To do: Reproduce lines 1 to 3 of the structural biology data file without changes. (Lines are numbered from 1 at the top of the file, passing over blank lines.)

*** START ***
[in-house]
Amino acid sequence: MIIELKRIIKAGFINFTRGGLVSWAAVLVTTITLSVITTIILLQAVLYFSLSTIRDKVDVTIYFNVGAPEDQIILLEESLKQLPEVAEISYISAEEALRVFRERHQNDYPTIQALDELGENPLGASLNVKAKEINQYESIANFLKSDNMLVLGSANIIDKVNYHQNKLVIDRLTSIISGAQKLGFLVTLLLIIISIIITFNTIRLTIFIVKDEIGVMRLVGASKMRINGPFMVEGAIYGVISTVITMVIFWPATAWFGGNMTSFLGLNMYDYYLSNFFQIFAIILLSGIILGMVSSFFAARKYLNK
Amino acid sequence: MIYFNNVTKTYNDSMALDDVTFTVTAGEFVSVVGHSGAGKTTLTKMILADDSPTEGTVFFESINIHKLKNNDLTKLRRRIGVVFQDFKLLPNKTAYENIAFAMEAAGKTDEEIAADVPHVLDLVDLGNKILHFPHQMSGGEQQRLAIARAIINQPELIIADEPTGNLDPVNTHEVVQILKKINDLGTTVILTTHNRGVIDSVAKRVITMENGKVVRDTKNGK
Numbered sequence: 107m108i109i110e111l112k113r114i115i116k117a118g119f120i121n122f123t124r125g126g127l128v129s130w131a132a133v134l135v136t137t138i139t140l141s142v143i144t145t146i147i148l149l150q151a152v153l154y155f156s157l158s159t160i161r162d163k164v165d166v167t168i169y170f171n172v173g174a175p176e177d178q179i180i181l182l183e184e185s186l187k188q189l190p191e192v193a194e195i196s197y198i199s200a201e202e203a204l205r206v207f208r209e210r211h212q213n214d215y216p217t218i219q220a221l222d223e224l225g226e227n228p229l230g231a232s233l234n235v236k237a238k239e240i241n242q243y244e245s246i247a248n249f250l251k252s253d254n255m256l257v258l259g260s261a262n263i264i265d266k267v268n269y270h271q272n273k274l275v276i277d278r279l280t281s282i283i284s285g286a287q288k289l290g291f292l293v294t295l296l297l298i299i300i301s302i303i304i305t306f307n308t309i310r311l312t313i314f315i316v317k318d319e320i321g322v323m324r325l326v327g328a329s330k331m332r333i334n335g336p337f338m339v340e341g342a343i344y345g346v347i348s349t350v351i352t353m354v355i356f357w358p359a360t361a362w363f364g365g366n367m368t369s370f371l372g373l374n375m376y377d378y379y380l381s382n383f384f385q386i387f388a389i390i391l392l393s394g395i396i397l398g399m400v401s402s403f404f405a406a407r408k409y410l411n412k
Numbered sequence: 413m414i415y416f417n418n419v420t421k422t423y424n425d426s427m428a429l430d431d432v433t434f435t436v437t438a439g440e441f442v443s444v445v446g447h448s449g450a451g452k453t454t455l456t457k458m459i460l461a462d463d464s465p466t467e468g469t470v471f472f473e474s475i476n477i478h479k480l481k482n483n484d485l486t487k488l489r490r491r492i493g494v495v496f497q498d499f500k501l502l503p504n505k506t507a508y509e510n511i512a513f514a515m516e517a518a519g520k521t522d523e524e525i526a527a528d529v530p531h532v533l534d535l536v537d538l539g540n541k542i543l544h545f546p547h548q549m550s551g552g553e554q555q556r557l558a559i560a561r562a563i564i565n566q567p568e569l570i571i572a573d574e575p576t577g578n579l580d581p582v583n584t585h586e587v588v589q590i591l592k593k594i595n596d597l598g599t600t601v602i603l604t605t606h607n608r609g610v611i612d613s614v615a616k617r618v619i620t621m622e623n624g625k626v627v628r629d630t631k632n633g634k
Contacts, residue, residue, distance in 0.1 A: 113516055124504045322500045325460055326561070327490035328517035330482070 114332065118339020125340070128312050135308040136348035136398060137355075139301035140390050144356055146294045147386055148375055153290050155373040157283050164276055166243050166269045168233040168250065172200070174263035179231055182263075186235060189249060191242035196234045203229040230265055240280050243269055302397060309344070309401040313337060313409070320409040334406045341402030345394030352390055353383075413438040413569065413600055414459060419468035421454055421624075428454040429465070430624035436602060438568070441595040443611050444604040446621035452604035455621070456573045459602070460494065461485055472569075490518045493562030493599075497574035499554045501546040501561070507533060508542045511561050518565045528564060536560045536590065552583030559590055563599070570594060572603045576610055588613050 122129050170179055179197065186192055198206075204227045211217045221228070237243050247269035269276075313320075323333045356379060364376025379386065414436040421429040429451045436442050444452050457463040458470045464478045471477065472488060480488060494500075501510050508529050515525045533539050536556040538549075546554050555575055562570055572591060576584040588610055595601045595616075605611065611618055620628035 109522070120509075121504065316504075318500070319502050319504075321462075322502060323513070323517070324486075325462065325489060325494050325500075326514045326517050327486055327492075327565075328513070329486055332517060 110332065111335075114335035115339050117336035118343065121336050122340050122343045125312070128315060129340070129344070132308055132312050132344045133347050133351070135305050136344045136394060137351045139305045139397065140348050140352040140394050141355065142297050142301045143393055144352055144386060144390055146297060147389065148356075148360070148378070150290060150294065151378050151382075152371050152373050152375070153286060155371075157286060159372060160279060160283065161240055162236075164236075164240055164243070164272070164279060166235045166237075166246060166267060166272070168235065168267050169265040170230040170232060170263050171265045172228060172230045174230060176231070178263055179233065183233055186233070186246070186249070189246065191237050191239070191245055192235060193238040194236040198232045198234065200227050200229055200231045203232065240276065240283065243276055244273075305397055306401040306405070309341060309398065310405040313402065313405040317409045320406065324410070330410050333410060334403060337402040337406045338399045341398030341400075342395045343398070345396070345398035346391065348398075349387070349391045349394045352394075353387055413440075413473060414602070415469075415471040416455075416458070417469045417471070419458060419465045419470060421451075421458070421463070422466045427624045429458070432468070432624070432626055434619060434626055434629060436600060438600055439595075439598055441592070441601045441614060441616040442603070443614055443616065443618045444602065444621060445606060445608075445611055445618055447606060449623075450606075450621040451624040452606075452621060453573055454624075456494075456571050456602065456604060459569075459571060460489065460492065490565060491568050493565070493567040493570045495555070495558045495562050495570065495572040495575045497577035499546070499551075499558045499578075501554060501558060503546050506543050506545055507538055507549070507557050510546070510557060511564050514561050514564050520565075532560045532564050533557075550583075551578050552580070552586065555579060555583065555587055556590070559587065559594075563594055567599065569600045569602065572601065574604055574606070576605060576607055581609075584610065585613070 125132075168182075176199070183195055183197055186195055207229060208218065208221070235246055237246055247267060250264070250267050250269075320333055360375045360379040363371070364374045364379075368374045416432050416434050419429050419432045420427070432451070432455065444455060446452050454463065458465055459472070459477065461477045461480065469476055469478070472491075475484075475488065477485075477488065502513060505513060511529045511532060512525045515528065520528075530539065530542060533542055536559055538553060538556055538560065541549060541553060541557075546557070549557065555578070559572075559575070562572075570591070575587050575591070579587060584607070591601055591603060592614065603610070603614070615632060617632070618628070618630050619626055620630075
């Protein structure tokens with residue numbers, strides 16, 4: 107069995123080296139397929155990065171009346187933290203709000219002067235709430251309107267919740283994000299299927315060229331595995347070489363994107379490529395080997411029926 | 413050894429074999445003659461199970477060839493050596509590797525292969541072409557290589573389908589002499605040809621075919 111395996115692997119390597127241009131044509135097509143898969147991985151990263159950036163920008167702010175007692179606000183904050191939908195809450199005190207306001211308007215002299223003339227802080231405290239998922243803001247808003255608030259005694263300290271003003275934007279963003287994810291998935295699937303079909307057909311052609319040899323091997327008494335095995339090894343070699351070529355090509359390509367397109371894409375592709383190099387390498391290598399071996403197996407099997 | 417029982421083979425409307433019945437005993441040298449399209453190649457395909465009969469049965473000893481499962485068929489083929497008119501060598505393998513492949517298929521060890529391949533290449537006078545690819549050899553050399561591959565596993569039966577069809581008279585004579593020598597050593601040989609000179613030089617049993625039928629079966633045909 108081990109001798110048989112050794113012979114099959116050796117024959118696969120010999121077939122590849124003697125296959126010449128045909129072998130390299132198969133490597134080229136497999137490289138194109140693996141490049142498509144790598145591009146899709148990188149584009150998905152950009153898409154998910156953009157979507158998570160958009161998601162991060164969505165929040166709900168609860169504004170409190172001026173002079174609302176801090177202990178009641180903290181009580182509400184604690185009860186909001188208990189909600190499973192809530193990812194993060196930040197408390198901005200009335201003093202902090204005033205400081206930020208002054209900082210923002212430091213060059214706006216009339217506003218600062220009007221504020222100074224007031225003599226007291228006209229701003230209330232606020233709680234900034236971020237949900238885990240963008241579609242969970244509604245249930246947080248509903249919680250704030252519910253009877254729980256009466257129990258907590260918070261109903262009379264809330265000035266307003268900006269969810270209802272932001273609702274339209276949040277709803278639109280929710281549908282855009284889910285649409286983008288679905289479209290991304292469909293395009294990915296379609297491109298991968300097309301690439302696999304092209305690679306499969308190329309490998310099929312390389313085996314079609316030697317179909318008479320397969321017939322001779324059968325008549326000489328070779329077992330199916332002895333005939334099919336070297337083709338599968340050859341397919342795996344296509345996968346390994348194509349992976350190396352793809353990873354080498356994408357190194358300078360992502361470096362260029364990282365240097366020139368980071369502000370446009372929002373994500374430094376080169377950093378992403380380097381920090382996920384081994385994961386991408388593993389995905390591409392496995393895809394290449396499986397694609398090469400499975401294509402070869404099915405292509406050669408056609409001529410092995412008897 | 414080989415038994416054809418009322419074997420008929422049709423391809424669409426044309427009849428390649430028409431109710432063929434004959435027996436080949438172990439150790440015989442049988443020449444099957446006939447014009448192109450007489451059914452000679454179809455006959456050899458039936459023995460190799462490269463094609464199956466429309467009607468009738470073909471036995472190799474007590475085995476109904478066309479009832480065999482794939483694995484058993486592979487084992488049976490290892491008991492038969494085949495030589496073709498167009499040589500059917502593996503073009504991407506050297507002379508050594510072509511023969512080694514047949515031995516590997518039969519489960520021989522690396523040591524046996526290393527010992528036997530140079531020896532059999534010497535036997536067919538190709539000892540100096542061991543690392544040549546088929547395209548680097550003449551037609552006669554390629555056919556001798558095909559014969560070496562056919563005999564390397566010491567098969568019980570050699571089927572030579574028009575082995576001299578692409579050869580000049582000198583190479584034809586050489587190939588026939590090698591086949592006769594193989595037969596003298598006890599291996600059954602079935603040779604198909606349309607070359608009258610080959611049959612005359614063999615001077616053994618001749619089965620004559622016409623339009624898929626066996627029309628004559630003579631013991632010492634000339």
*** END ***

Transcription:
[in-house]
Amino acid sequence: MIIELKRIIKAGFINFTRGGLVSWAAVLVTTITLSVITTIILLQAVLYFSLSTIRDKVDVTIYFNVGAPEDQIILLEESLKQLPEVAEISYISAEEALRVFRERHQNDYPTIQALDELGENPLGASLNVKAKEINQYESIANFLKSDNMLVLGSANIIDKVNYHQNKLVIDRLTSIISGAQKLGFLVTLLLIIISIIITFNTIRLTIFIVKDEIGVMRLVGASKMRINGPFMVEGAIYGVISTVITMVIFWPATAWFGGNMTSFLGLNMYDYYLSNFFQIFAIILLSGIILGMVSSFFAARKYLNK
Amino acid sequence: MIYFNNVTKTYNDSMALDDVTFTVTAGEFVSVVGHSGAGKTTLTKMILADDSPTEGTVFFESINIHKLKNNDLTKLRRRIGVVFQDFKLLPNKTAYENIAFAMEAAGKTDEEIAADVPHVLDLVDLGNKILHFPHQMSGGEQQRLAIARAIINQPELIIADEPTGNLDPVNTHEVVQILKKINDLGTTVILTTHNRGVIDSVAKRVITMENGKVVRDTKNGK